Taking the 1992 mini tournament out of the equation, France is the only team to have won all their games on the road to their title win in (2003). Mexico (1999), Brazil (1997) and Denmark (1995) each had a draw to tarnish their records. France (2001) lost to Australia, while Brazil was shocked by Mexico in 2005. Brazil has contested the most matches (23) at the Confederations Cup, followed by Mexico (19),
Australia and Japan (13 each), and Saudi Arabia (12). The tournament's most successful teams are France (nine wins, one defeat), Brazil (13 wins, five draws, five defeats) and Mexico (eight wins, five draws, six defeats).
The seven final matches have seen a total of 26 goals, giving an average of 3.7 goals per match (considerably lower than the World Cup final average of 3.9). All final matches bar one have been decided in regular time. Thierry Henry's golden goal winner in 2003 fired France to their second straight win, thereby avoiding the need for a penalty shoot-out. The biggest margin in a Confederations Cup final, or in any other FIFA competition for that matter, occurred in 1997 when Brazil steamrollered Australia 6-0. To date, only two matches have been decided by penalties, both involving Mexico. In 1995, Mexico failed to reach the final when Denmark beat it 4-2. However, it kept its cool against Nigeria to take third place thanks to a 5-4 win.
Similarly, in addition to the 2003 final, two other extra-time games have been decided by golden goals. In the 1997 semi-final, Australia's Kewell eliminated Uruguay from the tournament, and in 1999, Mexican fans celebrated Blanco's goal against the USA, securing the hosts' place in the final against Brazil.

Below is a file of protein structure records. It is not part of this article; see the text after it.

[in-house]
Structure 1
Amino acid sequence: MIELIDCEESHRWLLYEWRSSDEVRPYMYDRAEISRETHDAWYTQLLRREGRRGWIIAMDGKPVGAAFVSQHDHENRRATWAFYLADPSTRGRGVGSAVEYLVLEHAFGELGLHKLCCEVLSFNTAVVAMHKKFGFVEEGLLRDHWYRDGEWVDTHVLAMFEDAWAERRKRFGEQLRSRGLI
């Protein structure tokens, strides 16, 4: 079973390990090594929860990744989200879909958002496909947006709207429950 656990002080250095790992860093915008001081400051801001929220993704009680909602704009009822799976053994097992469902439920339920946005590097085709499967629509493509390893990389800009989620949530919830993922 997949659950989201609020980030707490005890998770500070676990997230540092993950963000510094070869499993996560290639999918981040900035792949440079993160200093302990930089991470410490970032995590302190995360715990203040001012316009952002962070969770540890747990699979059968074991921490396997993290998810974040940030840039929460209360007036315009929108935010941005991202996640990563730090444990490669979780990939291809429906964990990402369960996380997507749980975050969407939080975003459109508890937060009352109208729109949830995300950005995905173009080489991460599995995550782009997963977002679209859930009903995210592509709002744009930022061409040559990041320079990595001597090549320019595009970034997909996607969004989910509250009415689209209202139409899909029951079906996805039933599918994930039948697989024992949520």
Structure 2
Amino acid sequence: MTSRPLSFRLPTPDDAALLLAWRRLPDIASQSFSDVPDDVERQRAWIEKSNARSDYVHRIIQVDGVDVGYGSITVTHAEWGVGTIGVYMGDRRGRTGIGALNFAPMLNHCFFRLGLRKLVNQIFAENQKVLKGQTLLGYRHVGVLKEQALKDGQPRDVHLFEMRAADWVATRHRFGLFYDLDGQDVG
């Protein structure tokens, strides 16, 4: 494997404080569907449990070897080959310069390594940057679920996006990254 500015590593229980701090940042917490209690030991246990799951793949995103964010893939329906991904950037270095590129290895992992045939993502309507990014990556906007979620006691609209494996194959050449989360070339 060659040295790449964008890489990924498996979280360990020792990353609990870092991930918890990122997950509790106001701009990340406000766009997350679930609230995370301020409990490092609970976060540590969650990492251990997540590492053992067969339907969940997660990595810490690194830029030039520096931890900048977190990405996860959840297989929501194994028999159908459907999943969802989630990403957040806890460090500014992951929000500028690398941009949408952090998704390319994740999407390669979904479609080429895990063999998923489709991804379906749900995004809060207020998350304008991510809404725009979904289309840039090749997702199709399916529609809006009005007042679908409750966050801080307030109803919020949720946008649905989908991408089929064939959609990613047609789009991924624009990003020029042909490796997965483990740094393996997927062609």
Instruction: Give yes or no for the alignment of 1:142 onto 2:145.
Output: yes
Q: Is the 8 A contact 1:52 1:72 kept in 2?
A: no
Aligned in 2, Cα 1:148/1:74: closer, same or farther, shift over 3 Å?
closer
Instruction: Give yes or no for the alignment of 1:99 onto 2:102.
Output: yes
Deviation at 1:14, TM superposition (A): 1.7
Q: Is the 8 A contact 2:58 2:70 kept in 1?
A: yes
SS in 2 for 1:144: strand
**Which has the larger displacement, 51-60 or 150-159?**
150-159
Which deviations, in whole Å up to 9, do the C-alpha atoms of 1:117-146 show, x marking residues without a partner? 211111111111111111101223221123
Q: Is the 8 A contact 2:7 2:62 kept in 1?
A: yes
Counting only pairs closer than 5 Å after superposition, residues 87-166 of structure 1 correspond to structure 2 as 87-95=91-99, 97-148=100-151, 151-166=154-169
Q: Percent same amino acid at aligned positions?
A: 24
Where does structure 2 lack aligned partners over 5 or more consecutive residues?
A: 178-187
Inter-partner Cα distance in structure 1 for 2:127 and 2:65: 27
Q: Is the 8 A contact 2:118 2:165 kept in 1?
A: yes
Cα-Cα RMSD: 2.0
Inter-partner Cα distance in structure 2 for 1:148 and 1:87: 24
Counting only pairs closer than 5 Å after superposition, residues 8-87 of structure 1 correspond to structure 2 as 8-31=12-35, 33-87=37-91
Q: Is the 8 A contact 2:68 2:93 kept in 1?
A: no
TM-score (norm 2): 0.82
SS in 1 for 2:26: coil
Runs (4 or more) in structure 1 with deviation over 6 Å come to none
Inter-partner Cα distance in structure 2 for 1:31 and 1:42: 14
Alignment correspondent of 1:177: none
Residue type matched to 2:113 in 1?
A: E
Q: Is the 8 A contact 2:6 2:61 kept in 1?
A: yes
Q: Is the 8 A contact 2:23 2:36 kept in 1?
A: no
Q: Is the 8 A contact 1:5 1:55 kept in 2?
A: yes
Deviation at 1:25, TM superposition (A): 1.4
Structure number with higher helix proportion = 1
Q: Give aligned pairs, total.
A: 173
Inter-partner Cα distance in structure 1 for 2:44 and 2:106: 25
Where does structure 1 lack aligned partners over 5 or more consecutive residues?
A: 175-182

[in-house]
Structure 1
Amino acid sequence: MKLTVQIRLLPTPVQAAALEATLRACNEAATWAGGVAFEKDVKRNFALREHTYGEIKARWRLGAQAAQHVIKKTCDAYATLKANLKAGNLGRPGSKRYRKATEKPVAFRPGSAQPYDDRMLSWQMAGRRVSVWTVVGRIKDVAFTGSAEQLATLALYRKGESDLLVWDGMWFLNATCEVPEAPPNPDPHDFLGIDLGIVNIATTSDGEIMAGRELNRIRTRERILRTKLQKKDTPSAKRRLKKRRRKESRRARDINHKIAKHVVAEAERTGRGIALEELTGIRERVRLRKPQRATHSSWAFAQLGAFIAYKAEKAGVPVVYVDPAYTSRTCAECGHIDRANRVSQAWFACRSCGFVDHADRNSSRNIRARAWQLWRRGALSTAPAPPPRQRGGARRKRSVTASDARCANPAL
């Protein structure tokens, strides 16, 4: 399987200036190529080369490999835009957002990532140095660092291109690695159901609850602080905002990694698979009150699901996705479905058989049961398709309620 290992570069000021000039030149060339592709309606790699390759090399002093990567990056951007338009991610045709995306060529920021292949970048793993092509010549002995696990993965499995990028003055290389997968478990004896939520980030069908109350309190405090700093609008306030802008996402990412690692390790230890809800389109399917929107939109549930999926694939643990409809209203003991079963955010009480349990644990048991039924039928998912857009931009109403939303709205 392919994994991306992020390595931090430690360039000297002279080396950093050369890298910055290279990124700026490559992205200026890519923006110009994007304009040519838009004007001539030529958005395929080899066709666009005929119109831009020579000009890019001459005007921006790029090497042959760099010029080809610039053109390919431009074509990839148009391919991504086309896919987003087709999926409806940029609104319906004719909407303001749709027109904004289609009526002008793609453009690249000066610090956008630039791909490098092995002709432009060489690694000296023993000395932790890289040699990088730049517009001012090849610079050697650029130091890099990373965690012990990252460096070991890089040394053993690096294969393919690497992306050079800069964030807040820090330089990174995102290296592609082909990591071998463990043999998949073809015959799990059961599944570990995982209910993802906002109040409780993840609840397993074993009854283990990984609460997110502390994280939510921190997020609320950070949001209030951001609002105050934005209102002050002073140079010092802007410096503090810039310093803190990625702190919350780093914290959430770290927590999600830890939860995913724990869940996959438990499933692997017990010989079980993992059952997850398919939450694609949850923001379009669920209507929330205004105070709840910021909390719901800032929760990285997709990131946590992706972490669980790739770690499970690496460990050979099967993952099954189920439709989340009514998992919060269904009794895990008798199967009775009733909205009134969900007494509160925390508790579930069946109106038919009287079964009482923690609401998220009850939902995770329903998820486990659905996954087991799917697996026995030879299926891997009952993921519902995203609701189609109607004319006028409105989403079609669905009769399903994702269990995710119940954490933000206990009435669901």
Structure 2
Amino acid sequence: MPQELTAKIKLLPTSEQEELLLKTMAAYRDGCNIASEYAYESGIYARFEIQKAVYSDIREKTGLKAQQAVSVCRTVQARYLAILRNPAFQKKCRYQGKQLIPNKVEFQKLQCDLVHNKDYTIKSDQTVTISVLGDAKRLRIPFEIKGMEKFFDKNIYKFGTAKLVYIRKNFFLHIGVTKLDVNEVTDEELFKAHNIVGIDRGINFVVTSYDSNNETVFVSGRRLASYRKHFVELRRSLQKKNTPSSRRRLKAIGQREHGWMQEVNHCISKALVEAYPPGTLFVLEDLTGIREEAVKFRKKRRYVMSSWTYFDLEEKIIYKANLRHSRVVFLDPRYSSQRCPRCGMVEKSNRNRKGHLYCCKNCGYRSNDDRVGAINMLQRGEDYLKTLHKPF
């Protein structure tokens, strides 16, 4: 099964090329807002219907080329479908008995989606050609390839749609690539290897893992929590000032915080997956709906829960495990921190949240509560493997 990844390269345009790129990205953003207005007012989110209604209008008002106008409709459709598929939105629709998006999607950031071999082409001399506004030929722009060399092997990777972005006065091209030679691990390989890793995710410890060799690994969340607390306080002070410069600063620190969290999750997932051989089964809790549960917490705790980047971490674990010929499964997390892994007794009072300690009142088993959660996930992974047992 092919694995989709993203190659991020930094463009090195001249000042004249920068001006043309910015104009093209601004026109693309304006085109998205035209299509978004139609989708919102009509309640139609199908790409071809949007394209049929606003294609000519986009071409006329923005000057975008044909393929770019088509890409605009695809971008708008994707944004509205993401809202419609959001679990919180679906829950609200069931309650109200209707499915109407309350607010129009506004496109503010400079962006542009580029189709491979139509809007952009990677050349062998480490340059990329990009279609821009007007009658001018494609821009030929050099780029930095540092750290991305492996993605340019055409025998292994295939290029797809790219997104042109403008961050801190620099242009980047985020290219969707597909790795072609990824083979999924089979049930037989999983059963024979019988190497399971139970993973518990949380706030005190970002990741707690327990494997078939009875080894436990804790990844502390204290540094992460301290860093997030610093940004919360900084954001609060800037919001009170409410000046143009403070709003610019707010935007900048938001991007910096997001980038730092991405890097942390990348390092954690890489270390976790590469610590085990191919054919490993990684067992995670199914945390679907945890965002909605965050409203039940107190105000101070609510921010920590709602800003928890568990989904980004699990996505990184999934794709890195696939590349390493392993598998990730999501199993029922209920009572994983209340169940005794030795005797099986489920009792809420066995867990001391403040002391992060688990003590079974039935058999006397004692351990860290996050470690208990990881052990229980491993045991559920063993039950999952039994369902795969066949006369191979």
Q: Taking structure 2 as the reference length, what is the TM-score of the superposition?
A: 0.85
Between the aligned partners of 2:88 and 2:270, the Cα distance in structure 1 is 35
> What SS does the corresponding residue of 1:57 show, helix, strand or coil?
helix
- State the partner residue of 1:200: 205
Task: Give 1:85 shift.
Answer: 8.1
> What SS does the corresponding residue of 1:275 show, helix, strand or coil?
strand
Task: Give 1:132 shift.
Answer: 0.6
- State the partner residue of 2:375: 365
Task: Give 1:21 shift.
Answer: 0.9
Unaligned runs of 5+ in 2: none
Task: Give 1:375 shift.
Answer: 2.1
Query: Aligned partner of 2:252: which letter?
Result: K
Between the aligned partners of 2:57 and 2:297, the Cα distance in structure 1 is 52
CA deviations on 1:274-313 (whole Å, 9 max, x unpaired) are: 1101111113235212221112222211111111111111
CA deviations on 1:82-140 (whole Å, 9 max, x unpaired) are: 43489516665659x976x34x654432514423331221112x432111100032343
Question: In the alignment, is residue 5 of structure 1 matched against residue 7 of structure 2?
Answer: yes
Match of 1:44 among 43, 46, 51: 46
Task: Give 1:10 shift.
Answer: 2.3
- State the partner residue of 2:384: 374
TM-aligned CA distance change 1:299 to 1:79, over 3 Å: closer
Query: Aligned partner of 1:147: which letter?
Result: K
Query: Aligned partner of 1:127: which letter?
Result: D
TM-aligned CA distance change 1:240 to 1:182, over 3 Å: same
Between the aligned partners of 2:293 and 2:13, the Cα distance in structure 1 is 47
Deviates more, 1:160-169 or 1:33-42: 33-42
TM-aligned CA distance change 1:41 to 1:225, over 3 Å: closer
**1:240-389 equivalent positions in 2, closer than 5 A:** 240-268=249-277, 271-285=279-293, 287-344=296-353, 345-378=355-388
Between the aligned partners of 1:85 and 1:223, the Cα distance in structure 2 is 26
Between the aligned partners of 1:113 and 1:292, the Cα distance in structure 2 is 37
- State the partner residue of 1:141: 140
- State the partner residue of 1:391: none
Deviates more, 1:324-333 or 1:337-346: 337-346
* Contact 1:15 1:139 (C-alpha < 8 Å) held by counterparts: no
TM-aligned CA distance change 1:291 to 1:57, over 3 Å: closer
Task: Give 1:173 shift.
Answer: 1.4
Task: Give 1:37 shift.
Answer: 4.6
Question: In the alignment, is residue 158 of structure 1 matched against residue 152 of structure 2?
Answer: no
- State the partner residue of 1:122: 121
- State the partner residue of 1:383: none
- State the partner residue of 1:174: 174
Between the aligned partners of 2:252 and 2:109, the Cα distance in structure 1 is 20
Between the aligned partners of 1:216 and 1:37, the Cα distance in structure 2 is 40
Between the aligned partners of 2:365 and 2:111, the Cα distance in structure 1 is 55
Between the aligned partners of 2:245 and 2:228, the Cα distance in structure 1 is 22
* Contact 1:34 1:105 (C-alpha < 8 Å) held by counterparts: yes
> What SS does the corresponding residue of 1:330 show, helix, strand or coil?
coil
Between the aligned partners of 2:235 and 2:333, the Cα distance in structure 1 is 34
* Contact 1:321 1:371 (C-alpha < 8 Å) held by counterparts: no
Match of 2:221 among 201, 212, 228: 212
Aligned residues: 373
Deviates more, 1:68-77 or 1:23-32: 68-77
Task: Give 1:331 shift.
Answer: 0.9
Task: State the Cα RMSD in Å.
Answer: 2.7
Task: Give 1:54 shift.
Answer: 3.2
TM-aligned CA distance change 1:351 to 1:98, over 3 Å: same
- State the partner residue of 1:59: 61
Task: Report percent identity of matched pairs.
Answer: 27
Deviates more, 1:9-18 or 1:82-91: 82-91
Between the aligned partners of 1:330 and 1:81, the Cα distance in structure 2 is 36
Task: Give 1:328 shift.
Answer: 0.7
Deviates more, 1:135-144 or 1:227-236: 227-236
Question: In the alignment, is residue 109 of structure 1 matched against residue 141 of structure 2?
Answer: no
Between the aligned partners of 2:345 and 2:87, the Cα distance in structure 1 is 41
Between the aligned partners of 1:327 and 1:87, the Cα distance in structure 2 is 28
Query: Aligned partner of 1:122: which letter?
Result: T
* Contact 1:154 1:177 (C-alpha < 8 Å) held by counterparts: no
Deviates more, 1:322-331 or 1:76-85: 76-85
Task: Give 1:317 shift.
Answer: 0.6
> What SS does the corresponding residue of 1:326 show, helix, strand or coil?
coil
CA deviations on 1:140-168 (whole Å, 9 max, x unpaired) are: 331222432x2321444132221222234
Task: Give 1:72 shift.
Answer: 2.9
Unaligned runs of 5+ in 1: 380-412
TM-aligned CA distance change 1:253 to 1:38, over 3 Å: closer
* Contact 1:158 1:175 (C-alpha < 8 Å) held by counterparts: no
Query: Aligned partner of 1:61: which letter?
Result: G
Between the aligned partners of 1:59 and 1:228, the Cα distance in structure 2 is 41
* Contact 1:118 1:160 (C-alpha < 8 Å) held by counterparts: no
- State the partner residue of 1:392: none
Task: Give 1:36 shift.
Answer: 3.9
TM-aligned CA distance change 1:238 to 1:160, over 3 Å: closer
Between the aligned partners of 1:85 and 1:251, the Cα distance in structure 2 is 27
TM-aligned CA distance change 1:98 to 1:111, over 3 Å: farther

The Confederations Cup has seen several acts of revenge since 1992, but only in 1997 did teams meet again in the same tournament. First came the Czech Republic and Uruguay, followed by Australia and Brazil who drew their group match before playing each other again in the final. In 2001, the Socceroos faced the Seleçao once more and Australia v. Brazil therefore became the Confederations Cup's record match-up.
Germany 2005 holds the record for the most goals in a tournament (56), just ahead of Mexico 1999 (55) and Saudi Arabia 1997 (52). The highest average of goals per match was recorded during the 1992 tournament in Riyadh (4.5 goals per match), followed by Germany 2005 (3.5), Mexico 1999 (3.4) and Saudi Arabia 1997 (3.3).
The top goalscorers in the history of the tournament are Cuauhtemoc Blanco and Ronaldinho with nine goals apiece. They are closely followed by Brazilian duo Romario and Adriano, who have both lifted the trophy. In third place is Saudi Arabia's Marzouq Al-Otaibi, who scored six goals in 1999.
The three members of the legendary Brazilian "Ro- Ro-Ro" trio each have a hat trick to their name. Romario and Ronaldo scored theirs in the 1997 final against poor Australia (which was defeated 6-0), and Ronaldinho notched his in the 8-2 semi-final win against Saudi Arabia in 1999. Besides the Brazilians, Vladimir Smicer did the same for his team during the Czech Republic's 1997 group match victory against the United Arab Emirates (6-1), and Argentina's Luciano Figueroa emulated him during his team's 4-2 victory over Australia in 2005.